Make the Human Connection
Western New Yorkers want providers to recognize they are people as well as patients by showing compassion, empathy and respect for their needs.
What the Community Said
Make the Human Connection emerged as the highest priority for the region, receiving mention in 83% or over 4 out of 5 conversations.
What Do Western New Yorkers Want:
Western New Yorkers want providers to recognize they are people as well as patients by providing compassionate care and addressing their full range of needs. A holistic approach to care should consider the patient's perspective as shaped by their culture, language, quality of life and even family and friends. Western New Yorkers also said they want their doctors to take the extra time required to listen to their concerns and provide comfort and reassurance, as patients often feel vulnerable and anxious during the health care encounter. Patients also want to be more engaged in the decisions that affect their health. Sometimes this requires additional assistance through the provision of a health advocate.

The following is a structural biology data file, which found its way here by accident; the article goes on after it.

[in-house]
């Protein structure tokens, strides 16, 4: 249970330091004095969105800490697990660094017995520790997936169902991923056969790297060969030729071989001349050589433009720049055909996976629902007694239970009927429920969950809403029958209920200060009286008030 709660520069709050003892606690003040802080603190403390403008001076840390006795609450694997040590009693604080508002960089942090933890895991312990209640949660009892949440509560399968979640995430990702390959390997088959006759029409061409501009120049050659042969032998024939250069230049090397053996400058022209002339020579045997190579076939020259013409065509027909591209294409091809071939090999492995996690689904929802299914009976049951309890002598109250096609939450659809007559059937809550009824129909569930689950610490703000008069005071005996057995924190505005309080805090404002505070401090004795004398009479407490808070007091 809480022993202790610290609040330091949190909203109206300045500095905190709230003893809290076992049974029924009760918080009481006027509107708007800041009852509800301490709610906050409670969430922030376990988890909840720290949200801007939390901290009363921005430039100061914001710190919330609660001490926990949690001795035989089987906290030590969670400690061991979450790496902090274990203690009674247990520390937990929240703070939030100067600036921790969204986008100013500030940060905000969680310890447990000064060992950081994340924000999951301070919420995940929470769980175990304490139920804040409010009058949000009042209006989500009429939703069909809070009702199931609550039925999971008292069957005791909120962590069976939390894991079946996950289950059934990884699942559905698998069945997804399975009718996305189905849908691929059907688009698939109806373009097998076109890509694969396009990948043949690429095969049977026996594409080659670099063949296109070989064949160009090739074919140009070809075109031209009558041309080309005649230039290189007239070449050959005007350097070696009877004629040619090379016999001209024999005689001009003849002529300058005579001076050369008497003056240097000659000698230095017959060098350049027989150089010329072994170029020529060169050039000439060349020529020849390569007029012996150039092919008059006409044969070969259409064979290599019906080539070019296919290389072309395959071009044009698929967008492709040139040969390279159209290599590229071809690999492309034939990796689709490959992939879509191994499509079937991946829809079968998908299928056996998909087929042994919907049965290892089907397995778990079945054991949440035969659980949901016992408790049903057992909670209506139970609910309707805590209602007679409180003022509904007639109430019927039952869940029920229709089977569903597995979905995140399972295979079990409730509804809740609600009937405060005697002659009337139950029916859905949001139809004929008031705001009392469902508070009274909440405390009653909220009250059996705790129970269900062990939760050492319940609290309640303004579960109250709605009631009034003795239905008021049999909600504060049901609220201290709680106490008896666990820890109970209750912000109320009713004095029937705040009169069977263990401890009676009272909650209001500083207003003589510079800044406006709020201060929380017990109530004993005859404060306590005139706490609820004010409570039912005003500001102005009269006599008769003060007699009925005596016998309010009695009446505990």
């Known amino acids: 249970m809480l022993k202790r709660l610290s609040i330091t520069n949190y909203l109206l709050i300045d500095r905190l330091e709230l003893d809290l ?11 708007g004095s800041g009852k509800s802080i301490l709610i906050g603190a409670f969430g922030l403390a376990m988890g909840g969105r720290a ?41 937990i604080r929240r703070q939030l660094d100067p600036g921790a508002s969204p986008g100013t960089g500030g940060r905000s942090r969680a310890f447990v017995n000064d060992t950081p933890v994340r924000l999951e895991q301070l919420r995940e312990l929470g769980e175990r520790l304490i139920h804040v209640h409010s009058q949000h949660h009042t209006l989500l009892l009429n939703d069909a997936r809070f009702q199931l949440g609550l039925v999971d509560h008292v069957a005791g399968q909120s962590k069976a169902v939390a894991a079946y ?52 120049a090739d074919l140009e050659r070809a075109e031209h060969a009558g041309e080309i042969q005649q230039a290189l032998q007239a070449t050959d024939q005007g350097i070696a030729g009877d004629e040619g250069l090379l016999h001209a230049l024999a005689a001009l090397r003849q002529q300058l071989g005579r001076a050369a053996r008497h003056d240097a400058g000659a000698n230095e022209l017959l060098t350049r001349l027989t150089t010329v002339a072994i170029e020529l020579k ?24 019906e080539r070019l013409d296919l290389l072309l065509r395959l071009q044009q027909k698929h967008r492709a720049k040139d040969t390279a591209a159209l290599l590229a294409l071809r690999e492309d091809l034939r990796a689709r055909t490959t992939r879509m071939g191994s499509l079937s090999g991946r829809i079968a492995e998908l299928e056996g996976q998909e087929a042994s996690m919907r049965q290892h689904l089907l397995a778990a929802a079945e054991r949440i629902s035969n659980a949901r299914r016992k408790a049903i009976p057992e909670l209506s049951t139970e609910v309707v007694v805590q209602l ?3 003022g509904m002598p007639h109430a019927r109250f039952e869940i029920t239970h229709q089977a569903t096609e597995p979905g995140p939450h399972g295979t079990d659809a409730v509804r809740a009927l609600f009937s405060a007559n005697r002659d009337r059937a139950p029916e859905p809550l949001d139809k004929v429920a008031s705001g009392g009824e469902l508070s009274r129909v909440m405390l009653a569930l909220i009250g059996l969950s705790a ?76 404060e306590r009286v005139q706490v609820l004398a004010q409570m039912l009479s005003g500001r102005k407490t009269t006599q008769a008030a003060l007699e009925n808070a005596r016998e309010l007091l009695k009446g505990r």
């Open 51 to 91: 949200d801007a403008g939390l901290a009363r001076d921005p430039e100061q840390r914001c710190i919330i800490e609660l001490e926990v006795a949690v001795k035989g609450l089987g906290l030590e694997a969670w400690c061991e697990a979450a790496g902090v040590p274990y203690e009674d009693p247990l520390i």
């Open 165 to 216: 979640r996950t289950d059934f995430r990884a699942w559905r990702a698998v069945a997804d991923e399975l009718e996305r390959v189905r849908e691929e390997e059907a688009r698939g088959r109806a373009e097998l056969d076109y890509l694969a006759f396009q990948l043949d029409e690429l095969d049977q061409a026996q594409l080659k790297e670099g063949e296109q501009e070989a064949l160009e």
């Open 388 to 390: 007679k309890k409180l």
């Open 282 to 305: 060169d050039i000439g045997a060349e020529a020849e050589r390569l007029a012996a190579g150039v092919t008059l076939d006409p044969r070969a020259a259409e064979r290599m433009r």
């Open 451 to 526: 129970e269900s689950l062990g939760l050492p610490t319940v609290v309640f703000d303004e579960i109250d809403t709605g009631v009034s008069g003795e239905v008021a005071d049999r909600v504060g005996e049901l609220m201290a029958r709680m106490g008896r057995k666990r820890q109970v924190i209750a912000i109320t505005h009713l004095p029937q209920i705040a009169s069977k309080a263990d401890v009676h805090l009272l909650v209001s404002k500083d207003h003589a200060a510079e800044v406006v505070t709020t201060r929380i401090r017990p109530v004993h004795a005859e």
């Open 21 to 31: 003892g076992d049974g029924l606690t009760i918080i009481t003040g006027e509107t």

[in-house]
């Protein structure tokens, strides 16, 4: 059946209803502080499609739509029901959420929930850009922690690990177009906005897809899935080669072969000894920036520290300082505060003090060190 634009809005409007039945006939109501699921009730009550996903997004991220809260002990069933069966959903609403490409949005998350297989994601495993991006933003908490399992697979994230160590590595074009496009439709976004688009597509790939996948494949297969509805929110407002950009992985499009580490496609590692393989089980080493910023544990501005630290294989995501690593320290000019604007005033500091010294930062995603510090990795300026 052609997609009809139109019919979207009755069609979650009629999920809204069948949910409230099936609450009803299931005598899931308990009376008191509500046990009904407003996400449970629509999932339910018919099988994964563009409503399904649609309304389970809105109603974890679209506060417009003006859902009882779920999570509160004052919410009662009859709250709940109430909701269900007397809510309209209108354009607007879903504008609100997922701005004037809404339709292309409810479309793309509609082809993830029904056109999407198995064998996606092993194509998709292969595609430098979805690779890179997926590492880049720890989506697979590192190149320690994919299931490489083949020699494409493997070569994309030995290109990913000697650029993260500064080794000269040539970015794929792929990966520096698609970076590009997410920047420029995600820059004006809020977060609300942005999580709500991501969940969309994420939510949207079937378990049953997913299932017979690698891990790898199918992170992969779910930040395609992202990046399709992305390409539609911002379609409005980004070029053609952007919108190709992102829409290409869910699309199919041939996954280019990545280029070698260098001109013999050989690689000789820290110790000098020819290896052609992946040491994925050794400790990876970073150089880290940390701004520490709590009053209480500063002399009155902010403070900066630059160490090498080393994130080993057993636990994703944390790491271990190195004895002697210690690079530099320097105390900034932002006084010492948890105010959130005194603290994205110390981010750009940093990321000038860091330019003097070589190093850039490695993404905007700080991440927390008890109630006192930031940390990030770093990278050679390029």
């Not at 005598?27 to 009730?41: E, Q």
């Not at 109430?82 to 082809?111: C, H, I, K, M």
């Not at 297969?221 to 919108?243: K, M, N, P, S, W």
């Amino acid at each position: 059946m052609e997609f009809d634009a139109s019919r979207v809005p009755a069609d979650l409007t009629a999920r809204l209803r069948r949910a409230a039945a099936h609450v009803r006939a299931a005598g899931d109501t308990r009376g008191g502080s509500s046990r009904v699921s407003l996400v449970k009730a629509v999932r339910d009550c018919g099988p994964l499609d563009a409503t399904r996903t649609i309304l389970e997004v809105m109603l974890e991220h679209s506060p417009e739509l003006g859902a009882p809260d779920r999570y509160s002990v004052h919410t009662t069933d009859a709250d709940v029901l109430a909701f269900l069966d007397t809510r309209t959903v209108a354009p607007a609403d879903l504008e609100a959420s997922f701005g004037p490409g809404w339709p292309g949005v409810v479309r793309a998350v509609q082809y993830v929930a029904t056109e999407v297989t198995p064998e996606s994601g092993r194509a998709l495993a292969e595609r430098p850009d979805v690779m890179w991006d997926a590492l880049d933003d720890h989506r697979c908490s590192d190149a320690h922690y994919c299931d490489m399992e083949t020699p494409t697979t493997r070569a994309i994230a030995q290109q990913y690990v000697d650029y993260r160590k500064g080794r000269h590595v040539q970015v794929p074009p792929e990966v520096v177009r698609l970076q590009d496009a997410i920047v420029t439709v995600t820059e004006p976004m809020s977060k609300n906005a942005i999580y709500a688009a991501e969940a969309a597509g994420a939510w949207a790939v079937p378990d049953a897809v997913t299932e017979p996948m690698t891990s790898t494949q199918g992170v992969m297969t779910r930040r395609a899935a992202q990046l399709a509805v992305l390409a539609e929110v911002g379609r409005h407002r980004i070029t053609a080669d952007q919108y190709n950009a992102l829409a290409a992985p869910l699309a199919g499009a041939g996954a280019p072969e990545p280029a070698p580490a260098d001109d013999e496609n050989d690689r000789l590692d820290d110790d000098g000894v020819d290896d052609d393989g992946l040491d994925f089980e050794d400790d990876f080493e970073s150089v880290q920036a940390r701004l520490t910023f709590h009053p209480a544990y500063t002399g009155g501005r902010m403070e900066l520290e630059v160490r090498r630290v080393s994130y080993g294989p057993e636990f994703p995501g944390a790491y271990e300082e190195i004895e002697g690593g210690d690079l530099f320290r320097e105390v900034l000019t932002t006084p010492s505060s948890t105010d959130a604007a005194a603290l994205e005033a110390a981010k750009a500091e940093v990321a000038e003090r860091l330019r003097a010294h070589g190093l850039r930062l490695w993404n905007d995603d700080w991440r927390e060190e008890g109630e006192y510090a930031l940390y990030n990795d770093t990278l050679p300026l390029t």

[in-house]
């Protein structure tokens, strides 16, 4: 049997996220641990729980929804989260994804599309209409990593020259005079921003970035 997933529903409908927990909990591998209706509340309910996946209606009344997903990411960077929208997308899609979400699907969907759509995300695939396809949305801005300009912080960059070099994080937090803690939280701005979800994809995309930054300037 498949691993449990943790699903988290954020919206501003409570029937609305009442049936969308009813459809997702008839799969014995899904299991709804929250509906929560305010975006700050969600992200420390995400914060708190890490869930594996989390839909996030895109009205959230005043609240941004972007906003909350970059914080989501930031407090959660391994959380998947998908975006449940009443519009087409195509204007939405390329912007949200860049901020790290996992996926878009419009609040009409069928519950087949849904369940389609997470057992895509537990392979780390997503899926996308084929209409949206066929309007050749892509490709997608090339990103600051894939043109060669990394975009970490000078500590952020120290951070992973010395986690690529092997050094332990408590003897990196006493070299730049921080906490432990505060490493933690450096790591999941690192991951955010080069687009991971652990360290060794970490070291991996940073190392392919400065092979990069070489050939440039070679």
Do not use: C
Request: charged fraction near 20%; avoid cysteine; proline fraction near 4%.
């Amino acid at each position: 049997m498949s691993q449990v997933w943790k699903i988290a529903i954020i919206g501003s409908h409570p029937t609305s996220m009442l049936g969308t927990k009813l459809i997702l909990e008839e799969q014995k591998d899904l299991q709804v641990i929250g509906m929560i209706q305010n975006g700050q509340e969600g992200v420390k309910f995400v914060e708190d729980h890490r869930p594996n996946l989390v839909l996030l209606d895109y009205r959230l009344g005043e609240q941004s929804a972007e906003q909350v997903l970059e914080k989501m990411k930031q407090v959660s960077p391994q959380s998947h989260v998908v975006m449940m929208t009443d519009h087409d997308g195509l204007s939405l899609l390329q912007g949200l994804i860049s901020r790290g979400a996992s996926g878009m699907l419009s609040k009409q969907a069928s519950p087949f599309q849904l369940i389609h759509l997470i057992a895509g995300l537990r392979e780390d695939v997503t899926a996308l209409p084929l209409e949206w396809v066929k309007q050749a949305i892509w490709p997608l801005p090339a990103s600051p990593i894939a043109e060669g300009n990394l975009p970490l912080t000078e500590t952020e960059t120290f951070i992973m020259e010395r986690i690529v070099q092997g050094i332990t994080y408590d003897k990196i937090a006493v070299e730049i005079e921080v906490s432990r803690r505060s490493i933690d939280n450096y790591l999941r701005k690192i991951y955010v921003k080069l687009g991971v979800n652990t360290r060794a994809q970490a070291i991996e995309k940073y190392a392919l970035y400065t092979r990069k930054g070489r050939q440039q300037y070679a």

Western New Yorkers addressed the following specific elements of Make the Human Connection, listed in order of frequency of mention in community conversations:
- Restore compassion, care and emotional connections to the health encounter
- Support providers' ability to spend more time with patients
- Promote patient choice and empowerment
- Respect the personal beliefs, cultural perspectives and privacy needs of patients
- Provide health advocates for patients
This health care priority ranked differently across certain populations in the region.
Expectations, values, past experiences and satisfaction levels with the current system likely affect how the diverse communities within Western New York addressed their priorities for the region's health system in the conversations held across the eight-county region.
Conversations where racial and ethnic minorities constituted the majority of participants were more likely to talk about the "human connection" in health care, particularly for time spent with the provider and with respect for cultural beliefs or privacy.
These issues were raised significantly less frequently in conversations conducted in rural areas outside Erie and Niagara Counties, perhaps due to lower patient loads that allow providers to spend more time with the patient, and thus establish a better personal connection.